Most Mainline Protestants Say Society Should Accept Homosexuality
Most members of mainline denominations say society should accept homosexuality.
The Political Obligations of Catholics
The Most Rev. Charles J. Chaput argues that Catholics should take an active, vocal and morally consistent role in public debates, particularly on issues such as abortion, the death penalty and other matters they consider central to social justice.
Religion in the News: 2008
Religion reporting in 2008 clustered around big events such as the pope’s visit and stories tended to fade quickly from the headlines. Coverage gravitated toward controversies such as Obama’s relationship with Jeremiah Wright and clergy sex-abuse scandals.
Losing Wealth, Finding God?
Is the falling economy raising attendance at religious services?
Stimulus Package Stimulates Church-State Debate
Economic stimulus legislation has brought on a church-state debate regarding school funding. The Pew Forum turns to church-state scholar Robert Tuttle.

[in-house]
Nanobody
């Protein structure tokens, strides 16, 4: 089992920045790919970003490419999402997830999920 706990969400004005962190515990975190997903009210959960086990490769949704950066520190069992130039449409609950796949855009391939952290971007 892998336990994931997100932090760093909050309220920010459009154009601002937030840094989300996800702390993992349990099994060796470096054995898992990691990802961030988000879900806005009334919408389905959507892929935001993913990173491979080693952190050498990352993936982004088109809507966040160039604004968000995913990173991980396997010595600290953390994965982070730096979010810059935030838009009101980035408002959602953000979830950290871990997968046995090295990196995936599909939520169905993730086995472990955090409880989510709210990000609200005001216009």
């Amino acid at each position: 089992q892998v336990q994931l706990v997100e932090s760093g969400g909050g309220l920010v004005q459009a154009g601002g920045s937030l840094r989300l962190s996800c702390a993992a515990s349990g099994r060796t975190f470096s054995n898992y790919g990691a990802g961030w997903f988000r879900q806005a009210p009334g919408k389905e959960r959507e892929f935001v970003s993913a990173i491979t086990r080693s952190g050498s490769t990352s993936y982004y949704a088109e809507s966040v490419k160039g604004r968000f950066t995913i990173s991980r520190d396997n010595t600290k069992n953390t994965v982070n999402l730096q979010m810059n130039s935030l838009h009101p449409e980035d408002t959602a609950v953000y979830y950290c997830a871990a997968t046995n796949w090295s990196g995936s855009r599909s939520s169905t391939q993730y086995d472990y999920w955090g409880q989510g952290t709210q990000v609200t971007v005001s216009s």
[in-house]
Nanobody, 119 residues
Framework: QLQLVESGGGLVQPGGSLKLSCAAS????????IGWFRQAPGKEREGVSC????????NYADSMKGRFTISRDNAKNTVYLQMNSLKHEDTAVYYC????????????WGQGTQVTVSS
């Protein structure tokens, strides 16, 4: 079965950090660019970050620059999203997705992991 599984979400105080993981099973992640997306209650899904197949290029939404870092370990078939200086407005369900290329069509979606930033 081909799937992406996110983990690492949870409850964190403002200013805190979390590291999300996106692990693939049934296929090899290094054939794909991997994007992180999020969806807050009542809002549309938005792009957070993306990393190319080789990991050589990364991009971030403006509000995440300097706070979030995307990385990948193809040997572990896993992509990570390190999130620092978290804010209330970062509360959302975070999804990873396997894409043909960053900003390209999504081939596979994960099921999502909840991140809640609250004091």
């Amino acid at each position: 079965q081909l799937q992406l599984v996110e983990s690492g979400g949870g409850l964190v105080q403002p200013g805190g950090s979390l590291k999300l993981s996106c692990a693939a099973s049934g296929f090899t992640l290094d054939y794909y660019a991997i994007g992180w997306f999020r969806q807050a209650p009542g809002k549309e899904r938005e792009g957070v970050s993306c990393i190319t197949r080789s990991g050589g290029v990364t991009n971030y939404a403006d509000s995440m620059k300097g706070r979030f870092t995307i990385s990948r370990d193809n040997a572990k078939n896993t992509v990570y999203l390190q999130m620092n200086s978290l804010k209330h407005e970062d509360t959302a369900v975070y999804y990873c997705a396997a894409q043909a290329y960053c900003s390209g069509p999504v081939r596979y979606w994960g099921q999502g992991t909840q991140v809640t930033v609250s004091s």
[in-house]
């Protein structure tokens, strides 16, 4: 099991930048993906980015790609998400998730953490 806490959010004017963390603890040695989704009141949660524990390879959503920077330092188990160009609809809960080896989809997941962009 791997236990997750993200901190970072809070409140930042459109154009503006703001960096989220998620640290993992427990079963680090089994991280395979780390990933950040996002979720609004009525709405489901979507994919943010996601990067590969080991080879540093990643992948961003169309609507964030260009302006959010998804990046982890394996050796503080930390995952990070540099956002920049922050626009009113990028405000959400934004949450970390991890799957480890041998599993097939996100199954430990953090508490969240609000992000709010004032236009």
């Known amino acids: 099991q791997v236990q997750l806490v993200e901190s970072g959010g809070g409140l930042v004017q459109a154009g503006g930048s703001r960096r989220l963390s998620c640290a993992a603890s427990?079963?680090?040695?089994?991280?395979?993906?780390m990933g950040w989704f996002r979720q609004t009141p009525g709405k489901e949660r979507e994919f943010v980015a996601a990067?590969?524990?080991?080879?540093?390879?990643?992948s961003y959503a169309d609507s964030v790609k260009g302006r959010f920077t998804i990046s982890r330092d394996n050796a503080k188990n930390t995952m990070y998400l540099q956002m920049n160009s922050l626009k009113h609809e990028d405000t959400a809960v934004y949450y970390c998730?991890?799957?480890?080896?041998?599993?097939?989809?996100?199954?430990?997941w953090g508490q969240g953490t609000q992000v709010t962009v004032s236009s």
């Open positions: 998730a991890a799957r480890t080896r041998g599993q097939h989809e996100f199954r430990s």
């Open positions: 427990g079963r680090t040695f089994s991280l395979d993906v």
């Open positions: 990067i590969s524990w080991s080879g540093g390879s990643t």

In Mammon We Trust? Religions Agree Economy is Issue Number One
While members of all faiths see the economy as the top priority for 2009, they are not always in agreement on what issues the government should tackle. The divide is especially large on reducing crime and moral decline in America.
The Stronger Sex — Spiritually Speaking
Analysis of survey data shows that women are more religious than men on a variety of measures.
Cupid’s Arrow Often Hits People of Different Faiths
More than one-in-four (27%) American adults who are married or living with a partner are in religiously mixed relationships.
Darwin Debated: Religion vs. Evolution
Two hundred years after Charles Darwin’s birth, and 150 years after he published On the Origin of Species by Means of Natural Selection, Americans are still fighting over evolution. If anything, the controversy has recently grown in both size and intensity. In a multi-part package, the Pew Forum on Religion & Public Life explores the many facets of the debate as it has evolved from its origins to the present day.
A Religious Portrait of African-Americans
While the U.S. is generally considered a highly religious nation, African-Americans are markedly more religious on a variety of measures than the U.S. population as a whole, including level of affiliation with a religion, attendance at religious services, frequency of prayer and religion’s importance in life.